What is climate impact?

Climate impacts are the actual consequences of climate change. The changes in long-term climate trends and extreme weather events can directly affect all stages of the energy value chain of the electricity system, which includes generation, transmission and distribution, and demand.

Tropical Cyclone Idai had devastating impacts on Africa in 2019. It was one of the strongest known cyclones on the east coast of Africa, hitting Mozambique, Madagascar, Malawi and Zimbabwe with strong winds, severe flooding and destructive landfall. Over 900 people died due to the storm, which was the greatest loss of life in a southern hemisphere tropical cyclone in the last 100 years (WMO, 2020).

Many climate experts believe that Tropical Cyclone Idai was intensified by climate change. Warmer air and sea-surface temperatures made more energy available for cyclones and more rain was released (BBC, 2019; The Telegraph, 2019). An El Niño drought, exacerbated by climate change, had continued for months before Idai hit, making the earth unable to absorb water quickly and susceptible to flash flooding. (Oxfam International, 2019). Rising sea levels intensified the impact of storm surges on coastal regions, raising the probability of inland flooding in low-lying cities. For instance, Beira, a coastal city of Mozambique, was severely devastated by Idai (WMO, 2019; The Telegraph, 2019).

Entire parts of the electrical energy value chain, including hydropower generation, were also affected by Tropical Cyclone Idai on several levels:

  • Generation: Due to flooding and excessive debris, two major hydropower plants in Malawi were damaged and went offline, reducing Malawi’s hydropower capacity by more than 80% (Centre for Disaster Philanthropy, 2019; The Watchers, 2019). It caused widespread disruptions in electricity supply for several days (ReliefWeb, 2019).
  • Transmission and distribution: The transmission lines from Mozambique to South Africa were damaged by the cyclone, and created a loss of 1 100 MW of power. It forced Eskom, South Africa’s electricity utility, to implement load-shedding to prevent putting more demand on the grid. At the height of the crisis, South Africans had their power interrupted twelve times in a four-day period (CFR, 2019).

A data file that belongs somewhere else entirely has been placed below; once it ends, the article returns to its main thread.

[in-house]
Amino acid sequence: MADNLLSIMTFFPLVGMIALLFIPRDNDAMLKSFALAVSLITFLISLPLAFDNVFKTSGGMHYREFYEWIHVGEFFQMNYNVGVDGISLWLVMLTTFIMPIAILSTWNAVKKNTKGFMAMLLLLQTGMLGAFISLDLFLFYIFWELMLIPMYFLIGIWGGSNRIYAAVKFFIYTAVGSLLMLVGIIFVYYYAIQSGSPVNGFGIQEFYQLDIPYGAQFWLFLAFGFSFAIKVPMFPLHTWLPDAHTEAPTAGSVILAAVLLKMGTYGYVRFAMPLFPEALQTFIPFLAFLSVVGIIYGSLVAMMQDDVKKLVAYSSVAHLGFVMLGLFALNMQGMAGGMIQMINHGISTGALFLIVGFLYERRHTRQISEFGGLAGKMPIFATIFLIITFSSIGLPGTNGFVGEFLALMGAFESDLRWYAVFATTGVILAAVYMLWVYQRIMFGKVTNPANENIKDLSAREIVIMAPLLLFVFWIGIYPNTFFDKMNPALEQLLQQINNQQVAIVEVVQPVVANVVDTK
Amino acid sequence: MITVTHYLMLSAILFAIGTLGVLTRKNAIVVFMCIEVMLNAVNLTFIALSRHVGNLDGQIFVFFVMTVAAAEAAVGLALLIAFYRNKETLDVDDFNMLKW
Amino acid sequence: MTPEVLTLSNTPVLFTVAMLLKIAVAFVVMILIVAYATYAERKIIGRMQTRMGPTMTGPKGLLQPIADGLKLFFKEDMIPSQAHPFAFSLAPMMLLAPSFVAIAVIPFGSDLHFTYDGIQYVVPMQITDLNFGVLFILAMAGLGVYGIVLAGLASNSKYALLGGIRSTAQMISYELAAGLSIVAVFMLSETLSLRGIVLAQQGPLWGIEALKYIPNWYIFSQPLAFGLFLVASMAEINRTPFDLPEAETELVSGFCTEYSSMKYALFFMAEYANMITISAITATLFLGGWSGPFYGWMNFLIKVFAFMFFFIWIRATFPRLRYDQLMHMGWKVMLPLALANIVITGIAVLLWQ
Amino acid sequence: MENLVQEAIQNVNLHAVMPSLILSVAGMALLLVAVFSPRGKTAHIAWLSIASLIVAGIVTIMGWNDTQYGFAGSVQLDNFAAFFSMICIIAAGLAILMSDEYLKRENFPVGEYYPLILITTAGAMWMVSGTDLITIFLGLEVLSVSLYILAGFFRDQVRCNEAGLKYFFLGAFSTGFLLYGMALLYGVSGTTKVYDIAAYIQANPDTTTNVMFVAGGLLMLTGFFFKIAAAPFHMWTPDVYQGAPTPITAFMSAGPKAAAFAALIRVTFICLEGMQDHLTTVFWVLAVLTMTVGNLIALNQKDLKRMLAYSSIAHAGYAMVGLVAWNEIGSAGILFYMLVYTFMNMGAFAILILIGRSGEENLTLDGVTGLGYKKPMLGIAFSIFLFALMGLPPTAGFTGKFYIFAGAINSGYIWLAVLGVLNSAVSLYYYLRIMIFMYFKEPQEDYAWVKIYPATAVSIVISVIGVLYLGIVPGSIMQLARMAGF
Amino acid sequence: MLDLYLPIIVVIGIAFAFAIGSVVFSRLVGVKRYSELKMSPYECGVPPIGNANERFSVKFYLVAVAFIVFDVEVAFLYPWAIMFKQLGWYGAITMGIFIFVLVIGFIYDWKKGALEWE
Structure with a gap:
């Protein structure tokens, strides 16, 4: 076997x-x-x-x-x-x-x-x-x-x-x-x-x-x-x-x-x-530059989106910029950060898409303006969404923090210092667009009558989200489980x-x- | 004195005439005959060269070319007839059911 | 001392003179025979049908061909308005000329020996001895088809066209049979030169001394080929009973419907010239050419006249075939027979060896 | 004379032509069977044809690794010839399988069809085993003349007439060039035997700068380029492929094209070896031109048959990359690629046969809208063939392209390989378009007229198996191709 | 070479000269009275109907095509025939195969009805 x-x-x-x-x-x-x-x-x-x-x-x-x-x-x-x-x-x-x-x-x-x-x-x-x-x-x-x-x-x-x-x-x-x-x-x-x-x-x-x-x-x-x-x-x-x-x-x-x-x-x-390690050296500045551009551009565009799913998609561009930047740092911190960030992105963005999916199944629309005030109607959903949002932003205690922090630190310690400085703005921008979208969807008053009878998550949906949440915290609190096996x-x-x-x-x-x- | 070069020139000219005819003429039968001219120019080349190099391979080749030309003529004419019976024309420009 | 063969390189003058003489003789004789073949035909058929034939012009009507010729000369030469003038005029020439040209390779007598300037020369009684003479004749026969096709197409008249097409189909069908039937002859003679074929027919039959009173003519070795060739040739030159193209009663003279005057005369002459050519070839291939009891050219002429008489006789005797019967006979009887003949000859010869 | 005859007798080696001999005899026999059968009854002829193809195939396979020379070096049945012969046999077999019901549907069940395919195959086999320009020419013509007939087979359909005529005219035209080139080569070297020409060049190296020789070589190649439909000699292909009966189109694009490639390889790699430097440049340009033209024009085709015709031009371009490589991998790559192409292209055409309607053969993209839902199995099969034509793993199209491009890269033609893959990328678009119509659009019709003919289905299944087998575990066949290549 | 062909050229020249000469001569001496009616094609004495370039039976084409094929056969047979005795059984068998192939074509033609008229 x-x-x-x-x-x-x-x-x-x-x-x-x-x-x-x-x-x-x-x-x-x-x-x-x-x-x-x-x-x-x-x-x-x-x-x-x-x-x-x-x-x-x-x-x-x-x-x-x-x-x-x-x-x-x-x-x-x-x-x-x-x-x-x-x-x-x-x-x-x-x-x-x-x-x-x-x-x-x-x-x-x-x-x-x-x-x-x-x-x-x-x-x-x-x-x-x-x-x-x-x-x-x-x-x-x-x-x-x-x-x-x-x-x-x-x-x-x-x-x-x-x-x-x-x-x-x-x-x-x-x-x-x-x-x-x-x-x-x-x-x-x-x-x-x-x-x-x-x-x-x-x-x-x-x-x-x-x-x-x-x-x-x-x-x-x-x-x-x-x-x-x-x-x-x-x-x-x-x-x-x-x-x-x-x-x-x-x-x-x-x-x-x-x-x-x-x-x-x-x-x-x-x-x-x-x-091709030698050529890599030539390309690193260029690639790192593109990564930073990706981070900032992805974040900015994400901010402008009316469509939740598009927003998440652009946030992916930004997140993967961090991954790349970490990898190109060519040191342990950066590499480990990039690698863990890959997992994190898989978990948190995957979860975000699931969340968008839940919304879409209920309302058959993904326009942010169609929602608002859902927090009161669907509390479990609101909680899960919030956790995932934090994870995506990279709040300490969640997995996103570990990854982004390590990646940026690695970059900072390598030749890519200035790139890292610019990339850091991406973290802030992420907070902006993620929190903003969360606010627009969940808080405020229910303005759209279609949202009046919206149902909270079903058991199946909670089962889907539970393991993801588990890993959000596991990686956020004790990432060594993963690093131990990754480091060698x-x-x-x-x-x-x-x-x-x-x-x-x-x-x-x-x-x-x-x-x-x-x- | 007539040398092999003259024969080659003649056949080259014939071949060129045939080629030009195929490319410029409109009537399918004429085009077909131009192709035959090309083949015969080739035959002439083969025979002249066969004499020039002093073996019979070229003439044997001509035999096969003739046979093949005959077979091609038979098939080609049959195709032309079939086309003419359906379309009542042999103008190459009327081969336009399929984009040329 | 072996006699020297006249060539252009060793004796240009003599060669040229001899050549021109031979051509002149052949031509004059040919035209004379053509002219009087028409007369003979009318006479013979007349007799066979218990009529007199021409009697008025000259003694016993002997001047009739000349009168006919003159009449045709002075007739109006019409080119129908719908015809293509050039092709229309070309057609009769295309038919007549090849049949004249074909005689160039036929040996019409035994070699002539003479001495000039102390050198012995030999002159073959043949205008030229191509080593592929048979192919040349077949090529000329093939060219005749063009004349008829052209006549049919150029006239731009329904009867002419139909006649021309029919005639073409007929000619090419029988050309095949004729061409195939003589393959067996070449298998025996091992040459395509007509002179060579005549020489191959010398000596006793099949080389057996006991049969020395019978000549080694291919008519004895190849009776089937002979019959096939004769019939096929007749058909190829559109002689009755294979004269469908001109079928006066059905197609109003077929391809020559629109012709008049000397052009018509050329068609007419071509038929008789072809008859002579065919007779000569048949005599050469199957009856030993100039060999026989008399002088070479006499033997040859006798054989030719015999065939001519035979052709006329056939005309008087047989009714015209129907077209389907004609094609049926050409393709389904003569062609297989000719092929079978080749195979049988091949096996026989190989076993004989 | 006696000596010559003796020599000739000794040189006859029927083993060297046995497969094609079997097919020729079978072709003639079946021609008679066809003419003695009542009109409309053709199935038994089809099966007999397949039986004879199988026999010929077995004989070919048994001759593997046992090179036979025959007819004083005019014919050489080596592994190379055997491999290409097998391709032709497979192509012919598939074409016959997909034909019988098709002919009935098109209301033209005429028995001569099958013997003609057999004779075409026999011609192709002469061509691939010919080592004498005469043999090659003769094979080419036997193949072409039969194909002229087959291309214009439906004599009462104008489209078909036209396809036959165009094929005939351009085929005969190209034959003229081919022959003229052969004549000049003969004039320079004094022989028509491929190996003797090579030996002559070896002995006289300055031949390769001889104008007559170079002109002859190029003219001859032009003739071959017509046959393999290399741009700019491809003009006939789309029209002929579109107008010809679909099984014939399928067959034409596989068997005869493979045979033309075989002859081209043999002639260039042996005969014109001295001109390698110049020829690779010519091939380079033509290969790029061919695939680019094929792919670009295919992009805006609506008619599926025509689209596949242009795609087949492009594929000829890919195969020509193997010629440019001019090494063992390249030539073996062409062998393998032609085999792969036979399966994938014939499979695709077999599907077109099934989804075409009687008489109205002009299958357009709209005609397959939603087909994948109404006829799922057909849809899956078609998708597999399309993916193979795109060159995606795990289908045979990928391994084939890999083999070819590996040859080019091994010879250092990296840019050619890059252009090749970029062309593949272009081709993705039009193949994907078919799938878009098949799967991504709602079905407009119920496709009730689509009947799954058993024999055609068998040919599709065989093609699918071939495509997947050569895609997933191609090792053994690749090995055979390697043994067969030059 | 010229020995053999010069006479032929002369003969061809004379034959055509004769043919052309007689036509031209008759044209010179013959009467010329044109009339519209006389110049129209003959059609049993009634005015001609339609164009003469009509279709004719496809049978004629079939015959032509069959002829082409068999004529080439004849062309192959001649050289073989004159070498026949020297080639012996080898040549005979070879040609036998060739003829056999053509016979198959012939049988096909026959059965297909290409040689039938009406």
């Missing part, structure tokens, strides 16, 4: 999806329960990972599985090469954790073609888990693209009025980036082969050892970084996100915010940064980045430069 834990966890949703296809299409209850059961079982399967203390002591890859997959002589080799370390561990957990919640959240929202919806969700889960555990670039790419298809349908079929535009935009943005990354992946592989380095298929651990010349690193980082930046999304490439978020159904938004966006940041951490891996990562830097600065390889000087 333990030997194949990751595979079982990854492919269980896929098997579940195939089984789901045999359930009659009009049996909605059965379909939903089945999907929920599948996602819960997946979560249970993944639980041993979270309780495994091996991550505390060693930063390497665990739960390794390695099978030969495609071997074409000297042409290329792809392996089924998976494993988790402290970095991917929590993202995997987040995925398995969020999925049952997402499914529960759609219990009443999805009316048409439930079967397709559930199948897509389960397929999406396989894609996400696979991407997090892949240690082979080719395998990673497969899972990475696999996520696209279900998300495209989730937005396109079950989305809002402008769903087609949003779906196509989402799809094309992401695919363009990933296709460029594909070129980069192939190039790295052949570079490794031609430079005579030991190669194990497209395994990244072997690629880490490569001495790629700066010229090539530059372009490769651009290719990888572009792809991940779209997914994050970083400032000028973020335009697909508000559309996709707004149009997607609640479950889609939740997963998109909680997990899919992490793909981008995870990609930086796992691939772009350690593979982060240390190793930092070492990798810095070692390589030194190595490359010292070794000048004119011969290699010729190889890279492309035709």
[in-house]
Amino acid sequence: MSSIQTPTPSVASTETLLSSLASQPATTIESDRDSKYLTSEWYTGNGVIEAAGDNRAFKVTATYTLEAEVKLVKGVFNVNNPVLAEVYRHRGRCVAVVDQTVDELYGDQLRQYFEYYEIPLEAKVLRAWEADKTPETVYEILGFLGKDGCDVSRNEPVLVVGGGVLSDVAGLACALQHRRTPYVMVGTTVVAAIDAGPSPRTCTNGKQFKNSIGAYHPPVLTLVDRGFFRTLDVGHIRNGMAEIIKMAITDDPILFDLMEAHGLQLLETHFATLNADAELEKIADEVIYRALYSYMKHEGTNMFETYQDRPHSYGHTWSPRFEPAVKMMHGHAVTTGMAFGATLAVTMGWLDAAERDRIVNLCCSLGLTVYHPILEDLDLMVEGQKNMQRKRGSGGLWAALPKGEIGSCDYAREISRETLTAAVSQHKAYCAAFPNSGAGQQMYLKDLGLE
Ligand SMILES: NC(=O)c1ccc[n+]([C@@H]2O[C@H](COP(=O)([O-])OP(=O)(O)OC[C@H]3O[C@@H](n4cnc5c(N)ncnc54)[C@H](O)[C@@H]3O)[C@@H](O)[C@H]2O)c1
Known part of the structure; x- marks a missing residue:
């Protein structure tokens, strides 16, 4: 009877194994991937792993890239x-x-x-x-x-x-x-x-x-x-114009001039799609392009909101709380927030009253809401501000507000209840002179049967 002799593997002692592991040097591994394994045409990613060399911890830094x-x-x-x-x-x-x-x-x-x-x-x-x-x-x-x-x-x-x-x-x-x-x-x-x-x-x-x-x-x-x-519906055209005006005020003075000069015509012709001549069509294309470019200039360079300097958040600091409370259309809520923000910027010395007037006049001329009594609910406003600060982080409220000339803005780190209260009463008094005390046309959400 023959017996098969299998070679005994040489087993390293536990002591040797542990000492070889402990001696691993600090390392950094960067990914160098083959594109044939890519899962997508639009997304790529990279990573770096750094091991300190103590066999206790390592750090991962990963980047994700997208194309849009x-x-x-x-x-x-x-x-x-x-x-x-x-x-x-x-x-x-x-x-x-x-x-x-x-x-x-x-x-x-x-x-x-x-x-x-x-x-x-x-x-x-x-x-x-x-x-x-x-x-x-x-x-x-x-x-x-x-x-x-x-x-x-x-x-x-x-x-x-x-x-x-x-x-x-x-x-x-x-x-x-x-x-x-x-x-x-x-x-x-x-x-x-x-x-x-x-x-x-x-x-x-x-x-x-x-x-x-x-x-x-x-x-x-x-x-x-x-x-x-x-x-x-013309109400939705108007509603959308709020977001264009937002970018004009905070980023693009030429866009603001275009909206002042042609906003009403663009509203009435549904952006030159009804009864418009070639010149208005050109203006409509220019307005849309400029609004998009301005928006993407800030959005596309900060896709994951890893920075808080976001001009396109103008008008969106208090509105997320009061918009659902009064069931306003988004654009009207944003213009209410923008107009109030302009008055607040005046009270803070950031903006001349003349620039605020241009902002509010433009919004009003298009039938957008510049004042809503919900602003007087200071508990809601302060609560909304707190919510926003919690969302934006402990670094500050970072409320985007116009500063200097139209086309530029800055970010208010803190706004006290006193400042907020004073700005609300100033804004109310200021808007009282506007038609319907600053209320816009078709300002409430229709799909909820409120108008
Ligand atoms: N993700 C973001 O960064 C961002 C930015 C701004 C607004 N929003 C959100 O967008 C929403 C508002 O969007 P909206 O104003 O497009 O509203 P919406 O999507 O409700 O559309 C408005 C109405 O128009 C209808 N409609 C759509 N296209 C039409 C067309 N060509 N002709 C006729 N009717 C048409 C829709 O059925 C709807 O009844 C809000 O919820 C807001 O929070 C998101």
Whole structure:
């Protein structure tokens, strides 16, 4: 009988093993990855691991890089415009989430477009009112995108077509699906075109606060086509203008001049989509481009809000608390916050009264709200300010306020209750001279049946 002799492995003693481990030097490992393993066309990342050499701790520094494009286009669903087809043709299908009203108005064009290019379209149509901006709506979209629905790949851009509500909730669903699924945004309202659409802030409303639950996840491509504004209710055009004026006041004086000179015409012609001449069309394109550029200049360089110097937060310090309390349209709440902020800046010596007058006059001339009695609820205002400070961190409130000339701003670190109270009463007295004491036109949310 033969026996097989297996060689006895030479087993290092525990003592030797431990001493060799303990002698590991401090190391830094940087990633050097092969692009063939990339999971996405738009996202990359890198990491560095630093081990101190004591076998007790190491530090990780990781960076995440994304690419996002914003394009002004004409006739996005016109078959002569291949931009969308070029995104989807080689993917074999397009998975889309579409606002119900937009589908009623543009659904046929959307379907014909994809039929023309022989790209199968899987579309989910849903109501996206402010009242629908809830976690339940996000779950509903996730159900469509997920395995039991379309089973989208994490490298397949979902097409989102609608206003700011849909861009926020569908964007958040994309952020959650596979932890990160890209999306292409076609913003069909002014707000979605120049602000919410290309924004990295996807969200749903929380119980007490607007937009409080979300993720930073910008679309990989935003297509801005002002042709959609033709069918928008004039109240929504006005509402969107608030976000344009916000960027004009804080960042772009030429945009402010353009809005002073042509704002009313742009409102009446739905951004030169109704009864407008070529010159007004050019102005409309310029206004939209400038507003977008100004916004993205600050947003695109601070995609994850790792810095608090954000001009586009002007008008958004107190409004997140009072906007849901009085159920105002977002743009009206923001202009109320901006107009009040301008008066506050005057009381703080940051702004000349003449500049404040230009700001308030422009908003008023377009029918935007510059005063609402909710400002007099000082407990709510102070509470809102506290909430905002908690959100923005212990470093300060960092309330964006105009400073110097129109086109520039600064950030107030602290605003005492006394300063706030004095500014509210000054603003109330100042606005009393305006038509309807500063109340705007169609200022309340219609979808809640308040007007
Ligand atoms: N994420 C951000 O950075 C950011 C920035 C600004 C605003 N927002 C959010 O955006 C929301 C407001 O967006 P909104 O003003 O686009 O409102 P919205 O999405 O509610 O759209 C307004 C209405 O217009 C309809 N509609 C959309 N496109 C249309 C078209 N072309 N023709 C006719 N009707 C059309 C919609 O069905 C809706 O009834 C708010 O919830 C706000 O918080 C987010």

• Demand: Due to the interrupted electricity supply from the central grids after Tropical Cyclone Idai, electricity demand patterns in South Africa were markedly changed. Demand for diesel jumped as the disruption resulted in the use of back-up generators (CFR, 2019).

The number of intense tropical cyclones at the level of Idai is likely to increase in the future while the total number of tropical cyclones will decline (WMO, 2019). In 2019 in the South Indian Ocean basin 13 cyclones out of 18 reached hurricane intensity, equalling the largest number on record (WMO, 2020). The projected increase in frequency of high-intensity tropical cyclones requires African countries to be prepared for future climate impacts on their electricity systems. 

Sources: WMO (2019), WMO (2020); BBC (2019), The Telegraph (2019), Oxfam International (2019), Centre for Disaster Philanthropy (2019), The Watchers (2019), CFR (2019), ReliefWeb (2019).

Hydropower plants which generally have a long lifespan, ranging from 50 to 100 years, are likely to be impacted by climate change (ADB, 2013; Ebinger and Vergara, 2011; IHA, 2019; Burillo, 2018; WMO, 2017; US EIA, 2019). Rising temperatures will affect hydropower generation by increasing evaporation losses. Changes in precipiation will also alter potential, generation output, peak level and seasonal variations of hydropower. Increasingly erratic precipitation patterns such as the increasing number of dry days may arouse concerns over interrupted hydropower generation due to water shortages. Extreme weather events such as cyclones, floods, and land slides also damage hydropower assets and disrupt electricity supply. For instance, an increased sediment load after floods or landslides caused by storms can reduce the efficiency of hydropower generation and abrade turbines.